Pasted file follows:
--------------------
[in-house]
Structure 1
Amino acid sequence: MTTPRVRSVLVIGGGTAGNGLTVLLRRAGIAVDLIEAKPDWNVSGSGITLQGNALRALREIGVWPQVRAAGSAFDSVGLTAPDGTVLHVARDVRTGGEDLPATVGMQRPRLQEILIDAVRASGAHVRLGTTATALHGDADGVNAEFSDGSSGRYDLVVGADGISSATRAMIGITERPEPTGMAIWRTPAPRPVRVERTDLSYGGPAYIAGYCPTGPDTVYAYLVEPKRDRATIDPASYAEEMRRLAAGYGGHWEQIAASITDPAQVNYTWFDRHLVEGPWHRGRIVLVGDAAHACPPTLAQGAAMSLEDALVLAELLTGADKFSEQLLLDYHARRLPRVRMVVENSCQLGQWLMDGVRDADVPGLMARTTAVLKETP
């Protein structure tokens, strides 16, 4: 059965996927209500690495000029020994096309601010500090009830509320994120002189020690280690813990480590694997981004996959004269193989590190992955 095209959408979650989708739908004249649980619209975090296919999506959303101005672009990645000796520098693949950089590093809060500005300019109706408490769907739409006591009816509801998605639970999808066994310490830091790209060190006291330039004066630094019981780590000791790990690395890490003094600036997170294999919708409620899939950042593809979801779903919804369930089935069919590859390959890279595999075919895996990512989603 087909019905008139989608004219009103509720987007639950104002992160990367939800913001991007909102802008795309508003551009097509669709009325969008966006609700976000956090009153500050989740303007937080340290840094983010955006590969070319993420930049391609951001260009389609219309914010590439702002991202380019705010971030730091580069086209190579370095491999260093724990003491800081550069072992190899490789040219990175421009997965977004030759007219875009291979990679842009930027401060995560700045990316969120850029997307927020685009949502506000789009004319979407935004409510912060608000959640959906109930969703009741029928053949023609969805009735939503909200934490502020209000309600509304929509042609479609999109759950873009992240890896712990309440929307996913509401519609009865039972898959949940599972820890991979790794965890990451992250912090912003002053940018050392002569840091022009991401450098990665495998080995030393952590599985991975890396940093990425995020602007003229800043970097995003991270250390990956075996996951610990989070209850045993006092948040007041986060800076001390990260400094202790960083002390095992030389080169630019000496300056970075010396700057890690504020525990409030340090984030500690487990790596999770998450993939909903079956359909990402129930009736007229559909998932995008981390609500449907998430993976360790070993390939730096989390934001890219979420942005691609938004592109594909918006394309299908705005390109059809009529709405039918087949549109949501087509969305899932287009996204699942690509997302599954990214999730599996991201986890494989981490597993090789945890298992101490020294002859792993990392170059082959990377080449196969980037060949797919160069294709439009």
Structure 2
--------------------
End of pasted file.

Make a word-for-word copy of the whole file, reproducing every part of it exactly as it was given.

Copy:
[in-house]
Structure 1
Amino acid sequence: MTTPRVRSVLVIGGGTAGNGLTVLLRRAGIAVDLIEAKPDWNVSGSGITLQGNALRALREIGVWPQVRAAGSAFDSVGLTAPDGTVLHVARDVRTGGEDLPATVGMQRPRLQEILIDAVRASGAHVRLGTTATALHGDADGVNAEFSDGSSGRYDLVVGADGISSATRAMIGITERPEPTGMAIWRTPAPRPVRVERTDLSYGGPAYIAGYCPTGPDTVYAYLVEPKRDRATIDPASYAEEMRRLAAGYGGHWEQIAASITDPAQVNYTWFDRHLVEGPWHRGRIVLVGDAAHACPPTLAQGAAMSLEDALVLAELLTGADKFSEQLLLDYHARRLPRVRMVVENSCQLGQWLMDGVRDADVPGLMARTTAVLKETP
């Protein structure tokens, strides 16, 4: 059965996927209500690495000029020994096309601010500090009830509320994120002189020690280690813990480590694997981004996959004269193989590190992955 095209959408979650989708739908004249649980619209975090296919999506959303101005672009990645000796520098693949950089590093809060500005300019109706408490769907739409006591009816509801998605639970999808066994310490830091790209060190006291330039004066630094019981780590000791790990690395890490003094600036997170294999919708409620899939950042593809979801779903919804369930089935069919590859390959890279595999075919895996990512989603 087909019905008139989608004219009103509720987007639950104002992160990367939800913001991007909102802008795309508003551009097509669709009325969008966006609700976000956090009153500050989740303007937080340290840094983010955006590969070319993420930049391609951001260009389609219309914010590439702002991202380019705010971030730091580069086209190579370095491999260093724990003491800081550069072992190899490789040219990175421009997965977004030759007219875009291979990679842009930027401060995560700045990316969120850029997307927020685009949502506000789009004319979407935004409510912060608000959640959906109930969703009741029928053949023609969805009735939503909200934490502020209000309600509304929509042609479609999109759950873009992240890896712990309440929307996913509401519609009865039972898959949940599972820890991979790794965890990451992250912090912003002053940018050392002569840091022009991401450098990665495998080995030393952590599985991975890396940093990425995020602007003229800043970097995003991270250390990956075996996951610990989070209850045993006092948040007041986060800076001390990260400094202790960083002390095992030389080169630019000496300056970075010396700057890690504020525990409030340090984030500690487990790596999770998450993939909903079956359909990402129930009736007229559909998932995008981390609500449907998430993976360790070993390939730096989390934001890219979420942005691609938004592109594909918006394309299908705005390109059809009529709405039918087949549109949501087509969305899932287009996204699942690509997302599954990214999730599996991201986890494989981490597993090789945890298992101490020294002859792993990392170059082959990377080449196969980037060949797919160069294709439009």
Structure 2